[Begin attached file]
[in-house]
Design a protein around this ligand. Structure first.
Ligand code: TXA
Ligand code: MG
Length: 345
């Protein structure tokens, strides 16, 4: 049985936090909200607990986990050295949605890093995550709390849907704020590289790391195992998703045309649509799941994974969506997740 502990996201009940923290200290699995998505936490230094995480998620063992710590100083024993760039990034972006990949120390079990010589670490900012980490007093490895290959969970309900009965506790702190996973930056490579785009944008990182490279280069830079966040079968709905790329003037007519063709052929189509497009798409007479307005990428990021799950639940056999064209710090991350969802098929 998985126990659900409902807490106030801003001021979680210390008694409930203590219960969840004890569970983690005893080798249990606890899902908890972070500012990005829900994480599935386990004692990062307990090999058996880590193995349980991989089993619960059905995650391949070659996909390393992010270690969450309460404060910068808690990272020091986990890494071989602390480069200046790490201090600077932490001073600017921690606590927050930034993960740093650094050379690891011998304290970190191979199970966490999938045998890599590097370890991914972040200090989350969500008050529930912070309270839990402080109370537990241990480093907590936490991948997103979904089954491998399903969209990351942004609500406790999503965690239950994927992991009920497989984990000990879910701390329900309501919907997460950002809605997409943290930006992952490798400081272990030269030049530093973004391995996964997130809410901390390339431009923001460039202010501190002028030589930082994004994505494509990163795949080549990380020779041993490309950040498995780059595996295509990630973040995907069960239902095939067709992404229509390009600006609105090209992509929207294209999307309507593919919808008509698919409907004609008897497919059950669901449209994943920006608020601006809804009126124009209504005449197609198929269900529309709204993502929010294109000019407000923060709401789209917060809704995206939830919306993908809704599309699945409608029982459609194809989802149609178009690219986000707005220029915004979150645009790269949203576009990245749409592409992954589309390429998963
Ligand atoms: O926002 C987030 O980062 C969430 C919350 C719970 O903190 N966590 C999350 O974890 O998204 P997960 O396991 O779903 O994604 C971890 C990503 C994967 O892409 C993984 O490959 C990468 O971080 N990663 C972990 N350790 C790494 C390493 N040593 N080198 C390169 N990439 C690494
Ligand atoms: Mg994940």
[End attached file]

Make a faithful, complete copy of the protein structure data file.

[in-house]
Design a protein around this ligand. Structure first.
Ligand code: TXA
Ligand code: MG
Length: 345
């Protein structure tokens, strides 16, 4: 049985936090909200607990986990050295949605890093995550709390849907704020590289790391195992998703045309649509799941994974969506997740 502990996201009940923290200290699995998505936490230094995480998620063992710590100083024993760039990034972006990949120390079990010589670490900012980490007093490895290959969970309900009965506790702190996973930056490579785009944008990182490279280069830079966040079968709905790329003037007519063709052929189509497009798409007479307005990428990021799950639940056999064209710090991350969802098929 998985126990659900409902807490106030801003001021979680210390008694409930203590219960969840004890569970983690005893080798249990606890899902908890972070500012990005829900994480599935386990004692990062307990090999058996880590193995349980991989089993619960059905995650391949070659996909390393992010270690969450309460404060910068808690990272020091986990890494071989602390480069200046790490201090600077932490001073600017921690606590927050930034993960740093650094050379690891011998304290970190191979199970966490999938045998890599590097370890991914972040200090989350969500008050529930912070309270839990402080109370537990241990480093907590936490991948997103979904089954491998399903969209990351942004609500406790999503965690239950994927992991009920497989984990000990879910701390329900309501919907997460950002809605997409943290930006992952490798400081272990030269030049530093973004391995996964997130809410901390390339431009923001460039202010501190002028030589930082994004994505494509990163795949080549990380020779041993490309950040498995780059595996295509990630973040995907069960239902095939067709992404229509390009600006609105090209992509929207294209999307309507593919919808008509698919409907004609008897497919059950669901449209994943920006608020601006809804009126124009209504005449197609198929269900529309709204993502929010294109000019407000923060709401789209917060809704995206939830919306993908809704599309699945409608029982459609194809989802149609178009690219986000707005220029915004979150645009790269949203576009990245749409592409992954589309390429998963
Ligand atoms: O926002 C987030 O980062 C969430 C919350 C719970 O903190 N966590 C999350 O974890 O998204 P997960 O396991 O779903 O994604 C971890 C990503 C994967 O892409 C993984 O490959 C990468 O971080 N990663 C972990 N350790 C790494 C390493 N040593 N080198 C390169 N990439 C690494
Ligand atoms: Mg994940």